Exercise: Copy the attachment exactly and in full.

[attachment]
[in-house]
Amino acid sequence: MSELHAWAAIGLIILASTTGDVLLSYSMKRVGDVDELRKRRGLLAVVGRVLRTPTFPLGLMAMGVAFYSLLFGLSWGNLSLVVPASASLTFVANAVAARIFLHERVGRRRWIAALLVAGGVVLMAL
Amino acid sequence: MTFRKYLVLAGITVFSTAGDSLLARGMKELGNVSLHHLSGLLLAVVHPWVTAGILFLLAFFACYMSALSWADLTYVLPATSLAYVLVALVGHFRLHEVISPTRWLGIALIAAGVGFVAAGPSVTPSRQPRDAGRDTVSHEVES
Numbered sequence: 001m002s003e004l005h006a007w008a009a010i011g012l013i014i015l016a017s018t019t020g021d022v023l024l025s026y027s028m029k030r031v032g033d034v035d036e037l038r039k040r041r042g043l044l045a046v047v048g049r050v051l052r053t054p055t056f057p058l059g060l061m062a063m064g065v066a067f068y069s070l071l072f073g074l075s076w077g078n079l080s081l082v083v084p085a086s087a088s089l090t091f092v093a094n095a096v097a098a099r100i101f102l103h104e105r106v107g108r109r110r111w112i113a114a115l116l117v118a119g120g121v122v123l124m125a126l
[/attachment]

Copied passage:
[in-house]
Amino acid sequence: MSELHAWAAIGLIILASTTGDVLLSYSMKRVGDVDELRKRRGLLAVVGRVLRTPTFPLGLMAMGVAFYSLLFGLSWGNLSLVVPASASLTFVANAVAARIFLHERVGRRRWIAALLVAGGVVLMAL
Amino acid sequence: MTFRKYLVLAGITVFSTAGDSLLARGMKELGNVSLHHLSGLLLAVVHPWVTAGILFLLAFFACYMSALSWADLTYVLPATSLAYVLVALVGHFRLHEVISPTRWLGIALIAAGVGFVAAGPSVTPSRQPRDAGRDTVSHEVES
Numbered sequence: 001m002s003e004l005h006a007w008a009a010i011g012l013i014i015l016a017s018t019t020g021d022v023l024l025s026y027s028m029k030r031v032g033d034v035d036e037l038r039k040r041r042g043l044l045a046v047v048g049r050v051l052r053t054p055t056f057p058l059g060l061m062a063m064g065v066a067f068y069s070l071l072f073g074l075s076w077g078n079l080s081l082v083v084p085a086s087a088s089l090t091f092v093a094n095a096v097a098a099r100i101f102l103h104e105r106v107g108r109r110r111w112i113a114a115l116l117v118a119g120g121v122v123l124m125a126l